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Young BIPOC employees are more likely to feel imposter syndrome.

Mar 08 2022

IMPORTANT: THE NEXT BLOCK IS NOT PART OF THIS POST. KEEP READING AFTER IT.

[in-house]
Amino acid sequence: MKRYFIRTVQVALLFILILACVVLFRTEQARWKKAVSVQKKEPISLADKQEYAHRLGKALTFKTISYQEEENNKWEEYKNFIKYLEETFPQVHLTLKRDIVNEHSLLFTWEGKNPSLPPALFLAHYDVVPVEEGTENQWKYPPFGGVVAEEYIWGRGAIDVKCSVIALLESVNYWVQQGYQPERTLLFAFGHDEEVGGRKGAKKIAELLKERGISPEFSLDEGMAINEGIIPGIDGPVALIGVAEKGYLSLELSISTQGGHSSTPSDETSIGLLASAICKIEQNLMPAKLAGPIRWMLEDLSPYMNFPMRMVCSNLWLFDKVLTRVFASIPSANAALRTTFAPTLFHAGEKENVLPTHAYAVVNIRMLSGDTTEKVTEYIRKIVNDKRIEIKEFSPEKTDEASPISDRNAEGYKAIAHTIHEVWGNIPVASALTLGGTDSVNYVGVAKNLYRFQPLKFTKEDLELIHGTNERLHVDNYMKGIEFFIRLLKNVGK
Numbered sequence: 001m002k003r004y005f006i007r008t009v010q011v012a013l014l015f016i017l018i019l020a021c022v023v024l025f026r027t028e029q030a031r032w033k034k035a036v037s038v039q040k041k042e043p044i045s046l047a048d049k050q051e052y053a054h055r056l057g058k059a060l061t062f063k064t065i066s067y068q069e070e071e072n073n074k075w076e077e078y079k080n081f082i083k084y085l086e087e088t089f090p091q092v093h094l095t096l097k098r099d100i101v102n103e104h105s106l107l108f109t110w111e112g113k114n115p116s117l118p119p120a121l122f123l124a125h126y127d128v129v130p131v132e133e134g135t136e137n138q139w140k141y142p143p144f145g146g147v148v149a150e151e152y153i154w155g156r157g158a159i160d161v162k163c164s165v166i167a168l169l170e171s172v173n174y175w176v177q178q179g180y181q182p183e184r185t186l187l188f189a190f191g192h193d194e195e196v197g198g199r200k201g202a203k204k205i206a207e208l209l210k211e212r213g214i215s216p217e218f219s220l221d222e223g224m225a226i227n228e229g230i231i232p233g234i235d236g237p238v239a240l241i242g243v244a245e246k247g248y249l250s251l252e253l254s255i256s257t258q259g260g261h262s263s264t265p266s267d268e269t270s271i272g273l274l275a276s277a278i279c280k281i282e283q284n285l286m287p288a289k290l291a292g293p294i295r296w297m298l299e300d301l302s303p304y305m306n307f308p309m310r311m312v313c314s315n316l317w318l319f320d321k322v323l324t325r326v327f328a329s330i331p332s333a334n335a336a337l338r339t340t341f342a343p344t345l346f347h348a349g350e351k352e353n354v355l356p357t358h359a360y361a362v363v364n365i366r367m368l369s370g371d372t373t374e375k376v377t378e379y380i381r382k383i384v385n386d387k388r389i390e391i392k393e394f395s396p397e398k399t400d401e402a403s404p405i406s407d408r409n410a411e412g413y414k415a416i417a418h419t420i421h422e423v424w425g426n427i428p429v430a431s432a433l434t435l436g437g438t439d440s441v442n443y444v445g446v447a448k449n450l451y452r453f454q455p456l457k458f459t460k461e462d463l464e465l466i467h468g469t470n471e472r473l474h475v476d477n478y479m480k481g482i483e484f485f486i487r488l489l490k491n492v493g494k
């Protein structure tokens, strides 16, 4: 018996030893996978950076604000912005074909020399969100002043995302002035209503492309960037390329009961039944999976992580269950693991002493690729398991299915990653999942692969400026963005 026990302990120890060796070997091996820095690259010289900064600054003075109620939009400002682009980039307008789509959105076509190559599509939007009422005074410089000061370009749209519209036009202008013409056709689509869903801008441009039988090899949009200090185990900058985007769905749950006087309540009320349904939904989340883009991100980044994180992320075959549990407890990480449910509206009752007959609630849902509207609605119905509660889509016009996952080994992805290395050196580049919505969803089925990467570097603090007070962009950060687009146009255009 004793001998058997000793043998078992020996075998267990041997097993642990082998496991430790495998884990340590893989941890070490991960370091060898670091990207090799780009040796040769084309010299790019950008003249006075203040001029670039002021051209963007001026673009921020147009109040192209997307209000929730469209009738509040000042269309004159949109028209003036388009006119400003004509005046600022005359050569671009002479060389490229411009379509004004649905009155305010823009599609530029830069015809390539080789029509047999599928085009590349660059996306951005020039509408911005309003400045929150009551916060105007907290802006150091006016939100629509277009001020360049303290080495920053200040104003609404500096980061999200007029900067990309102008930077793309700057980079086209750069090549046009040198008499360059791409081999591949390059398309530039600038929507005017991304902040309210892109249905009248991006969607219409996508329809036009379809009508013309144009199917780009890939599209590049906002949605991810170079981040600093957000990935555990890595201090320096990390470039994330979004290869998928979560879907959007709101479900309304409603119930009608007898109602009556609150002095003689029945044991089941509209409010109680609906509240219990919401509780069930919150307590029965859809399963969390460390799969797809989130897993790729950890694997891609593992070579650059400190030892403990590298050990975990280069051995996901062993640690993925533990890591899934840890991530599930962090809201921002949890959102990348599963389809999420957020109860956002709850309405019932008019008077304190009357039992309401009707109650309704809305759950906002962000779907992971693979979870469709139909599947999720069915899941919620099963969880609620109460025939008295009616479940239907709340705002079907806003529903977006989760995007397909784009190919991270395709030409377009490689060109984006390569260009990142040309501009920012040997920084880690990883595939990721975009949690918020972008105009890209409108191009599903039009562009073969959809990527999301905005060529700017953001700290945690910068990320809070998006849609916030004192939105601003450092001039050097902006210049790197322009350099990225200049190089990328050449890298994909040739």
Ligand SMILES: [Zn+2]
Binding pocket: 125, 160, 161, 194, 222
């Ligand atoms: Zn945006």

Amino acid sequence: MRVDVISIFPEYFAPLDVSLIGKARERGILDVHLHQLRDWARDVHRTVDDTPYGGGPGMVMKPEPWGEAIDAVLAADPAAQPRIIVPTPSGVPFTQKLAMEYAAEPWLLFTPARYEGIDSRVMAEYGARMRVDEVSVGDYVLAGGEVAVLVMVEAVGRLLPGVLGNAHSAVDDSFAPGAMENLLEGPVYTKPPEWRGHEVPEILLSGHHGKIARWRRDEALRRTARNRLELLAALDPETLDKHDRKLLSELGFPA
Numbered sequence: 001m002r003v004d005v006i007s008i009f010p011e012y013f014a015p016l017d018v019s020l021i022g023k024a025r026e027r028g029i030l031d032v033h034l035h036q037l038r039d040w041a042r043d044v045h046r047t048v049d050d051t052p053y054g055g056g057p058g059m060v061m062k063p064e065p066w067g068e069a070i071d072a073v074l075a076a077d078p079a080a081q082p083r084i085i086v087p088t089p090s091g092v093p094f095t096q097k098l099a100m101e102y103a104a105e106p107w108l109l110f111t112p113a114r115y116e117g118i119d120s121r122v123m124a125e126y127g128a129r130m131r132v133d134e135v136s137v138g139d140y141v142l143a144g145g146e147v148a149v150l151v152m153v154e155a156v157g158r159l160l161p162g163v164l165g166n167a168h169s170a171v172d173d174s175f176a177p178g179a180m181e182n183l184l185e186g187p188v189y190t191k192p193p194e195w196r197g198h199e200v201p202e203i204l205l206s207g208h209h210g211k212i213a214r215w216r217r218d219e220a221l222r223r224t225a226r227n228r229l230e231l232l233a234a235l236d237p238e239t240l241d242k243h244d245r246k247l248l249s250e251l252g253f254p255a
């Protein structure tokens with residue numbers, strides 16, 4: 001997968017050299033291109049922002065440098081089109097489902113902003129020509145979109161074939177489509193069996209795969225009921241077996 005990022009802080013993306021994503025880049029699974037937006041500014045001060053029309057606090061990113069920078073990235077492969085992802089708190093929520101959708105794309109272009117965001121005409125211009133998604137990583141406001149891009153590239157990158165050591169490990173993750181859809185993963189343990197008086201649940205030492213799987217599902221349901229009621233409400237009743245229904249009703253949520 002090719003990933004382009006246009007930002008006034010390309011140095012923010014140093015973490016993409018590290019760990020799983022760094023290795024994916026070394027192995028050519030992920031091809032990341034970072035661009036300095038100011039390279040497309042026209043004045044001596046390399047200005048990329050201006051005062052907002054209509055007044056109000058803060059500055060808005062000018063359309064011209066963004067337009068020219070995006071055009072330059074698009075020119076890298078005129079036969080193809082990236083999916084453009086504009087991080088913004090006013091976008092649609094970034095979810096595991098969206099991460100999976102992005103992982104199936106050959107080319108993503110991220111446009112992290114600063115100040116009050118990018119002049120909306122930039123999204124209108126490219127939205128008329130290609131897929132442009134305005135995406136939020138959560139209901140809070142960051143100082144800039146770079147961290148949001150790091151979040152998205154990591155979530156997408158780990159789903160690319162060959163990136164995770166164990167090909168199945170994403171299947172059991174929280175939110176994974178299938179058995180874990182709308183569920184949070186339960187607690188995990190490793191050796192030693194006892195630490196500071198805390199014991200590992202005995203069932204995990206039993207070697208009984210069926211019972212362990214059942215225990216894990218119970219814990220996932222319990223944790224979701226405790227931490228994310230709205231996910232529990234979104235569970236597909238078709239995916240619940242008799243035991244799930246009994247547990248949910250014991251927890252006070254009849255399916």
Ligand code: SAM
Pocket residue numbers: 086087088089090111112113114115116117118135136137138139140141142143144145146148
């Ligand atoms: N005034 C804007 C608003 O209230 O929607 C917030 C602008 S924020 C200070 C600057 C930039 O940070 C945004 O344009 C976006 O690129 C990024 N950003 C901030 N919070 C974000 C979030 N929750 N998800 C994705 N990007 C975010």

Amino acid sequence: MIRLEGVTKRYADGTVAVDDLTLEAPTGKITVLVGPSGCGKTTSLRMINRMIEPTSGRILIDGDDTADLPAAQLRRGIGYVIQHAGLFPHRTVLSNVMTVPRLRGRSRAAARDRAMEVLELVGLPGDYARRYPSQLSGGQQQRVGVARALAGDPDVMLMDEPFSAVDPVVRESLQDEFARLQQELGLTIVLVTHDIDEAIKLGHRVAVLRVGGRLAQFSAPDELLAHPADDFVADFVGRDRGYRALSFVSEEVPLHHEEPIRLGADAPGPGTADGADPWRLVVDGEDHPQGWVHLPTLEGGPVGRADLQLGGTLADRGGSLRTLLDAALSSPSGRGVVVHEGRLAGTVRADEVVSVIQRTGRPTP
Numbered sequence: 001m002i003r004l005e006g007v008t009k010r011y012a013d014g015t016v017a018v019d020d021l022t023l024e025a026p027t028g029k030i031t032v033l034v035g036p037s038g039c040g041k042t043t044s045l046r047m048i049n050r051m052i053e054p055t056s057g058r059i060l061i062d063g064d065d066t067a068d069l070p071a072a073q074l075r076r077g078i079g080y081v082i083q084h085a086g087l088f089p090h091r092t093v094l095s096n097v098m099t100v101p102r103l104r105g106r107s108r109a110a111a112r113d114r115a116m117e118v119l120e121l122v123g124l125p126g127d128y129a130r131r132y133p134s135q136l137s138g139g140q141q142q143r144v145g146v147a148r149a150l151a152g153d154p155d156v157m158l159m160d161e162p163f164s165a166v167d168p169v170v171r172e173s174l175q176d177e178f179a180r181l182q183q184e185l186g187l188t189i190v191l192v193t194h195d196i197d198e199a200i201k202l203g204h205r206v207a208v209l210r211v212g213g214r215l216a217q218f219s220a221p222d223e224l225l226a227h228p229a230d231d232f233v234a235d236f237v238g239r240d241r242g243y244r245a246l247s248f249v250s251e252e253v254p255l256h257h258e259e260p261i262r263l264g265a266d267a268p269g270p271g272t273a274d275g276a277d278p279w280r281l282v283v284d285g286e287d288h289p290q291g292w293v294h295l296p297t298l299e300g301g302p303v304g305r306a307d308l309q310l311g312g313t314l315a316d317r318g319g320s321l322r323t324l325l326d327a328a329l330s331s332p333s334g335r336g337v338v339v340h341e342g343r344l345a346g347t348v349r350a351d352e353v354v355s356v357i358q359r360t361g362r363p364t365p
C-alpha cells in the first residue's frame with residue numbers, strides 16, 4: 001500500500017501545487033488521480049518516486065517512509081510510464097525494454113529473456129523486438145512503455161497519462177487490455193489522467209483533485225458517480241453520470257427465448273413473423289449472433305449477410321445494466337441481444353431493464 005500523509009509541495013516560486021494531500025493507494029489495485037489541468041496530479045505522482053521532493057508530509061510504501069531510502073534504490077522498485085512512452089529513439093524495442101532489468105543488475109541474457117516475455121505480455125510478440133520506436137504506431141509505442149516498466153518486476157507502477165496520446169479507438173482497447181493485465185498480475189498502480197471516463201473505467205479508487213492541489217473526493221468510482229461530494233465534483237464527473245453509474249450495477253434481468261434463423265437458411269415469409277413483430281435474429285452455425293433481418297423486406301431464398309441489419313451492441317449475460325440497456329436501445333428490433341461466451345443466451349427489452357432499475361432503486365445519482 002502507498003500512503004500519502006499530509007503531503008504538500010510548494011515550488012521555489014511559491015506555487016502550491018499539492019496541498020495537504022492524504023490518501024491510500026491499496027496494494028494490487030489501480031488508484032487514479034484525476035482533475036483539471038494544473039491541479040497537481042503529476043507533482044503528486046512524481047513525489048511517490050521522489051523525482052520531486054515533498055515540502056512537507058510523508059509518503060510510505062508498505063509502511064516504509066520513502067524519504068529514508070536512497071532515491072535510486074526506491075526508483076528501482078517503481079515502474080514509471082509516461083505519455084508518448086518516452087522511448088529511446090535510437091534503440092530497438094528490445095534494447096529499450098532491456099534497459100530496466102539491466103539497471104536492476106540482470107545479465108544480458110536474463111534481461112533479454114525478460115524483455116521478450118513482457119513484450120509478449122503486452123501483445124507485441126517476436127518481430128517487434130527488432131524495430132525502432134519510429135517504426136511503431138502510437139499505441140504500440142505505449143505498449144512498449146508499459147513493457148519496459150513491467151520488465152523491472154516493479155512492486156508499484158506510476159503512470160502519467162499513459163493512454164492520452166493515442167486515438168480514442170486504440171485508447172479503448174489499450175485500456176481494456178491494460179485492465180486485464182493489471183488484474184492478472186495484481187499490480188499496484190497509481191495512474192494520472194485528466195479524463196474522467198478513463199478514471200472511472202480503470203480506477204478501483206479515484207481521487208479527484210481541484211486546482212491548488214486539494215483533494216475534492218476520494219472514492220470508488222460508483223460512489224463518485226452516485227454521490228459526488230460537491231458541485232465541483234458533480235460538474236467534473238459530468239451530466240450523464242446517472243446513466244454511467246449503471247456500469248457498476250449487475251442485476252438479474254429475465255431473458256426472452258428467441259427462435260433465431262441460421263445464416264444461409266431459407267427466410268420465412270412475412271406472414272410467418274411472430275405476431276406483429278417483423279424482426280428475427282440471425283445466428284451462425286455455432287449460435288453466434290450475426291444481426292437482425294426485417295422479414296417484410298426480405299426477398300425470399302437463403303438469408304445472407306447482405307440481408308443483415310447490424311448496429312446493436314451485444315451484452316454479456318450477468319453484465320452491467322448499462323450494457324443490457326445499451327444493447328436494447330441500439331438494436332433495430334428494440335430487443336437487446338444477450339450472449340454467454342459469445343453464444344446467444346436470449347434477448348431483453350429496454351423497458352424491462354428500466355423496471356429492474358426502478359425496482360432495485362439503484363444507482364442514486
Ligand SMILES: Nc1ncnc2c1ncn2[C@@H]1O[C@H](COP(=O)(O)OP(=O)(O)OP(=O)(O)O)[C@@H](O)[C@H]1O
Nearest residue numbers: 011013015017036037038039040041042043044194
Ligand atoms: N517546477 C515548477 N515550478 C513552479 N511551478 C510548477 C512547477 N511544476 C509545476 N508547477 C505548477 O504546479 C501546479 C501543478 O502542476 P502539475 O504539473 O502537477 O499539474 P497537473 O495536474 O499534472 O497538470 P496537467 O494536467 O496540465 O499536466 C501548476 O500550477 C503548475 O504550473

Young BIPOC employees are more likely to feel imposter syndrome. Imposter syndrome is “the feeling or experience of feeling like a fraud,” and according to the Harvard Business Review, one-third of young people regularly experience imposter syndrome. But it’s also the “direct result” of biases like systemic racism and classism, with women of color the most susceptible to experience imposter syndrome, according to research from Heriot-Watt University and the School for CEOs. A study from the International Journal of Doctoral Studies also found that gender and race play a huge role in Black women experiencing imposter syndrome. According to one psychologist, while imposter syndrome can stem from childhood roles and family dynamics, workplace environments can “double down” on the feeling for BIPOC employees since many of them feel like they don’t belong. The same expert added that Black people who experience imposter syndrome also have higher levels of discrimination-related depression, and HBR revealed that combating imposter syndrome isn’t necessarily about individuals fixing themselves, but for companies to “create an environment that fosters a number of different leadership styles and where diversity of racial, ethnic, and gender identities is viewed as just as professional as the current model.” (Yahoo! News)